What they had "seen and heard" was Jesus' crucifixion and resurrection. They had seen the sinless Savior of the world take the punishment for sin that every human being deserves. They had seen Him risen from the dead, affirming that Jesus can give new and everlasting life to all who will turn from sin and trust in Him as their only God and Lord. How could they not share that?

Christians today experience the power of the risen Jesus in our lives and, as was true for Jeremiah, this power--the power of the Holy Spirit Who enables us to confess our belief in Jesus in spite of the outlandishness of the claim that Jesus rose from the dead--burns like a fire in us.

The truth about Jesus must be shared by word and actions with all the world. Failing to do so would be deeply unloving, worse than knowing the cure for AIDs and deciding not to share it! Lots worse. Eternally worse.

That's why Jesus gave us the Great Commission! The whole world needs to know Jesus.

Don't tamp down the fire of your faith in Christ. Let it out, so that in lifting Jesus up to others, old sin is burned away and the light of new life that comes only from Jesus can be seen!

But watch out! The more you share Jesus, the more empowered God will make you to do it again.

Sunday, October 23, 2011

You Get to Love!

[This was shared during worship with the people of Saint Matthew Lutheran Church in Logan, Ohio, earlier today.]

Matthew 22:34-46
This morning, I want to speak with you about love.

Every Christian knows that “God is love.” And we all know that it was God’s love that caused Him to send God the Son, Jesus, into the world to die and to rise so that all who entrust their lives to Jesus will have eternal life with God.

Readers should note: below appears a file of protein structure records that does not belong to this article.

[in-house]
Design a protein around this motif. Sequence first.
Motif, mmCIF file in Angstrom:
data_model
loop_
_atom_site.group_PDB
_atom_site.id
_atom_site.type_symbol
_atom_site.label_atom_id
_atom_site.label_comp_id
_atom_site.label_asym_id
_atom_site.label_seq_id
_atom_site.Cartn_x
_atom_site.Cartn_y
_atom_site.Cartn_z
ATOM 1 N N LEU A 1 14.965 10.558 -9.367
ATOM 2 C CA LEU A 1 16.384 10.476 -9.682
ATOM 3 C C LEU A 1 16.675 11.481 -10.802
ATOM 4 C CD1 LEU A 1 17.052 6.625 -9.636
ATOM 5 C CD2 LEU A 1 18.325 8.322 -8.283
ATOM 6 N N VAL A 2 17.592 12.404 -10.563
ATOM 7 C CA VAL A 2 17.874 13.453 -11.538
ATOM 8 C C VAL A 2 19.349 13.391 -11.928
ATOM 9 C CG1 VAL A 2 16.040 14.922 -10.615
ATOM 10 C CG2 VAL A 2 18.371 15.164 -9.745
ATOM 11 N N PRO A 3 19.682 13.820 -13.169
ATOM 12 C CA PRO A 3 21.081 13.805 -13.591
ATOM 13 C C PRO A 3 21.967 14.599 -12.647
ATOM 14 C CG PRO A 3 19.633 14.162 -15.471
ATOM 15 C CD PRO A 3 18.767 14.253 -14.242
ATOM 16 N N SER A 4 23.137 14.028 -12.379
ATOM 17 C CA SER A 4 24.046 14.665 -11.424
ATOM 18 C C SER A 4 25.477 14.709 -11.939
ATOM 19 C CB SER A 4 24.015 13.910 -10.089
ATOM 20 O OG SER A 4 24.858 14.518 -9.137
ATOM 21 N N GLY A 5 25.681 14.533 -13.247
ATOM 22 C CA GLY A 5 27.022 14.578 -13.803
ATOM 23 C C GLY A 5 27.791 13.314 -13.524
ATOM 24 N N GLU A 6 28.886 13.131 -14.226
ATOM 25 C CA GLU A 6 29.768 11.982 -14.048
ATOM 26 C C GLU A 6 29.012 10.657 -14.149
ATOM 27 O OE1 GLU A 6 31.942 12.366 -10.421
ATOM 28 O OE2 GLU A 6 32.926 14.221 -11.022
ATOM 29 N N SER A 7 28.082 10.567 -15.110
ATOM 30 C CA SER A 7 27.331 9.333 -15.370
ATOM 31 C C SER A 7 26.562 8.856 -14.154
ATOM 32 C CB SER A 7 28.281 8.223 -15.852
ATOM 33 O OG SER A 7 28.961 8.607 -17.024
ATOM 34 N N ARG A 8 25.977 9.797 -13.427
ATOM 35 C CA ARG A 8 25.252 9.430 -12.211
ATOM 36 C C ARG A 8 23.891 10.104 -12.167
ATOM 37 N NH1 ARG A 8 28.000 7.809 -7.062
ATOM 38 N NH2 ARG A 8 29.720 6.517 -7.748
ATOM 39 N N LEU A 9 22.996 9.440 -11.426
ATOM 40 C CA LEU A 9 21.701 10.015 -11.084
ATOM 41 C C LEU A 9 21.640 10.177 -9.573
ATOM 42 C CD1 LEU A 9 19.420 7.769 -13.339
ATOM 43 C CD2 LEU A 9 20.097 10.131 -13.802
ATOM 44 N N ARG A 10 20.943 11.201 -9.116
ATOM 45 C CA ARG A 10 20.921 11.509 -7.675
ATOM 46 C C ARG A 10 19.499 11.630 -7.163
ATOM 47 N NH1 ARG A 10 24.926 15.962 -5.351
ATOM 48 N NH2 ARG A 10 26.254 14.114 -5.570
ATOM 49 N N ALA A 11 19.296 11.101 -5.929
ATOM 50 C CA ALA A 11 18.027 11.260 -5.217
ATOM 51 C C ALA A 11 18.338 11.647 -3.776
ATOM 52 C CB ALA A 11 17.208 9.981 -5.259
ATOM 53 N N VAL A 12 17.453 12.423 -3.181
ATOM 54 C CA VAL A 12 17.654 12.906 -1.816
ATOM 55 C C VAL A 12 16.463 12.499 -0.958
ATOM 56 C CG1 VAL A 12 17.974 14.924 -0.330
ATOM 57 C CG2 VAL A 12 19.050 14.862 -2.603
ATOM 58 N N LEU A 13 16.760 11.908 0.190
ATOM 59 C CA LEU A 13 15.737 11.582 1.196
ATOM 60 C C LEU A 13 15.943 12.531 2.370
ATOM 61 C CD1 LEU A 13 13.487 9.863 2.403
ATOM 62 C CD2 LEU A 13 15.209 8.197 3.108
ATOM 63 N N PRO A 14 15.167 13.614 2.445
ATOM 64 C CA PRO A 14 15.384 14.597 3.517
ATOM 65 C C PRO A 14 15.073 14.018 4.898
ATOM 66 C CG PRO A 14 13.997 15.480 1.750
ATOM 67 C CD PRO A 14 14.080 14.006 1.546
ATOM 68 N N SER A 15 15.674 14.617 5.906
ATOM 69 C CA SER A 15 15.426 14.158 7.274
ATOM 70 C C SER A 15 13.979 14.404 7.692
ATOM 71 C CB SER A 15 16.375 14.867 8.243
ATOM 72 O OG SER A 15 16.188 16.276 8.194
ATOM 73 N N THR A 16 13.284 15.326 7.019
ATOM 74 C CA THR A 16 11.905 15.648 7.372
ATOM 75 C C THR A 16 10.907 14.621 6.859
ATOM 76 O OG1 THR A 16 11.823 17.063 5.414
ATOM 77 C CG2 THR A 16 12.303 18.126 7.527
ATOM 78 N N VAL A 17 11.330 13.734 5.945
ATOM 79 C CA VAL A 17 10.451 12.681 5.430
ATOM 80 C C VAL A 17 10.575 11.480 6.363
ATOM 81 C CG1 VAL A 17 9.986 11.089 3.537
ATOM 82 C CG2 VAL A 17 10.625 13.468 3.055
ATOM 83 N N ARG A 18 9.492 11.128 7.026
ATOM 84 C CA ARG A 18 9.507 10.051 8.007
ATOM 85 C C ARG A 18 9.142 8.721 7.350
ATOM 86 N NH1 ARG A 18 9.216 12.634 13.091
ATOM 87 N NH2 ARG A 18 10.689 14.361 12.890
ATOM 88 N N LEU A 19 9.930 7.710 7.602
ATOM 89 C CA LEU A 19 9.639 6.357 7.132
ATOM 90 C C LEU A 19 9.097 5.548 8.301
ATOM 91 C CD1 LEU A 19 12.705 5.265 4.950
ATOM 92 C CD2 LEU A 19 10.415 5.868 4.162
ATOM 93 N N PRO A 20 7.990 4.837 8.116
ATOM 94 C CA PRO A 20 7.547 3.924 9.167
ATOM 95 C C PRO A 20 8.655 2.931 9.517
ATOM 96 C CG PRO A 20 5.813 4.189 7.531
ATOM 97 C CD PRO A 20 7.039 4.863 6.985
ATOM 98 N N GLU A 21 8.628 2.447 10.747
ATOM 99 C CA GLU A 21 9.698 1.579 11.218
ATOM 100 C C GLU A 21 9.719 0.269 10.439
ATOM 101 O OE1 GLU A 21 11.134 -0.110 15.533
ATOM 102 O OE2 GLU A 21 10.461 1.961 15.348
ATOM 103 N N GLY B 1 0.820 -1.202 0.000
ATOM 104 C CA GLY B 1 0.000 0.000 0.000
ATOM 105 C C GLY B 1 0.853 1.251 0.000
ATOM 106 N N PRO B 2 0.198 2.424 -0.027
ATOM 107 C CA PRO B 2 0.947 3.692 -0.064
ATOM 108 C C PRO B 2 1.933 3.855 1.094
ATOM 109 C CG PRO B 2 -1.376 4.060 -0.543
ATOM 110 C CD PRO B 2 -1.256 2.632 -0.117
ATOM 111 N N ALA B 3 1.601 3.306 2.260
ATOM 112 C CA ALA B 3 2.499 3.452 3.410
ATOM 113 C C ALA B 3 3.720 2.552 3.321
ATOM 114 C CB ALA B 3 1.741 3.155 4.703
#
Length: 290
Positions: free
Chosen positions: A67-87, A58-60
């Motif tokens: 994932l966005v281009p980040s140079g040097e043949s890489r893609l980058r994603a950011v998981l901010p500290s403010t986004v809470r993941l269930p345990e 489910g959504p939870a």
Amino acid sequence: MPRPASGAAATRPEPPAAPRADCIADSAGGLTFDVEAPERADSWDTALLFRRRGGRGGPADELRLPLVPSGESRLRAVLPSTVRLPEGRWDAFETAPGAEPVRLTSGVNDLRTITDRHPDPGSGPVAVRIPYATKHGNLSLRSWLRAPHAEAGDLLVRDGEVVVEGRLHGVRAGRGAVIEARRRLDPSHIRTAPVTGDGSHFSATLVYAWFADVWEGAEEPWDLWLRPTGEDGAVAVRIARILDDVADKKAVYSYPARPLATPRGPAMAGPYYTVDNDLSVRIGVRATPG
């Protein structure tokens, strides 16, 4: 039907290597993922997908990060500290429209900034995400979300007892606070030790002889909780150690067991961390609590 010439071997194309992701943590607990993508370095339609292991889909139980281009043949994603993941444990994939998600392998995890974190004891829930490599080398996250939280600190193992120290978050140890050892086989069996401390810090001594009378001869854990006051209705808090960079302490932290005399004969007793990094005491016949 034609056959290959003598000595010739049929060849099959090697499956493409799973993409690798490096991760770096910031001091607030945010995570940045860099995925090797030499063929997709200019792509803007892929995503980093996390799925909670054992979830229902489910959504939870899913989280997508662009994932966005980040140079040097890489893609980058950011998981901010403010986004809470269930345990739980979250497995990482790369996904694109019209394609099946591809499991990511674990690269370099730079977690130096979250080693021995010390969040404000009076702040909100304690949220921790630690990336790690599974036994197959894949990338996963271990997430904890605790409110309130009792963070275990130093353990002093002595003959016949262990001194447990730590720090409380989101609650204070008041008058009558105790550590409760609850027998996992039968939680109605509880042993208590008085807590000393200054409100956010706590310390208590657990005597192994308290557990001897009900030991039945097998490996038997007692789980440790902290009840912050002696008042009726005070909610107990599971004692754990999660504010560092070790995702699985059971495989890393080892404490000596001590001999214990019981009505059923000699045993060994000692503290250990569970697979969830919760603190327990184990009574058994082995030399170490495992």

But what is love?

Jesus gives us the answer to that question today. Please pull out today’s Celebrate bulletin insert and look at the Gospel lesson, Matthew 22:34-46.

Let’s set the scene. It’s the Tuesday after the first Palm Sunday. On Palm Sunday, a jubilant crowd had welcomed Jesus to Jerusalem. The crowd was sure that Jesus was the Messiah, the Christ, the anointed king promised by God through the prophets.

This roused the concern and jealousy of religious elites, influential people like the Sadducees, who didn’t believe in a resurrection of the dead; like the Pharisees, who were confident that their own righteousness, superior to that of other people, made them favored by God; and the Scribes, also sometimes called lawyers, scholars who were knowledgeable of all 615 laws laid down by God in the Old Testament.

For three days, these religious leaders had peppered Jesus with questions designed, not to learn anything or to engage in respectful discussion, but to trap Jesus. They wanted Jesus to say something they could use to convince their country’s Roman occupiers that Jesus ought to be executed.

But every question they raised, Jesus answered in ways that were consistent with God’s revealed Word in the Old Testament. Nothing He said gave them the ammo they needed.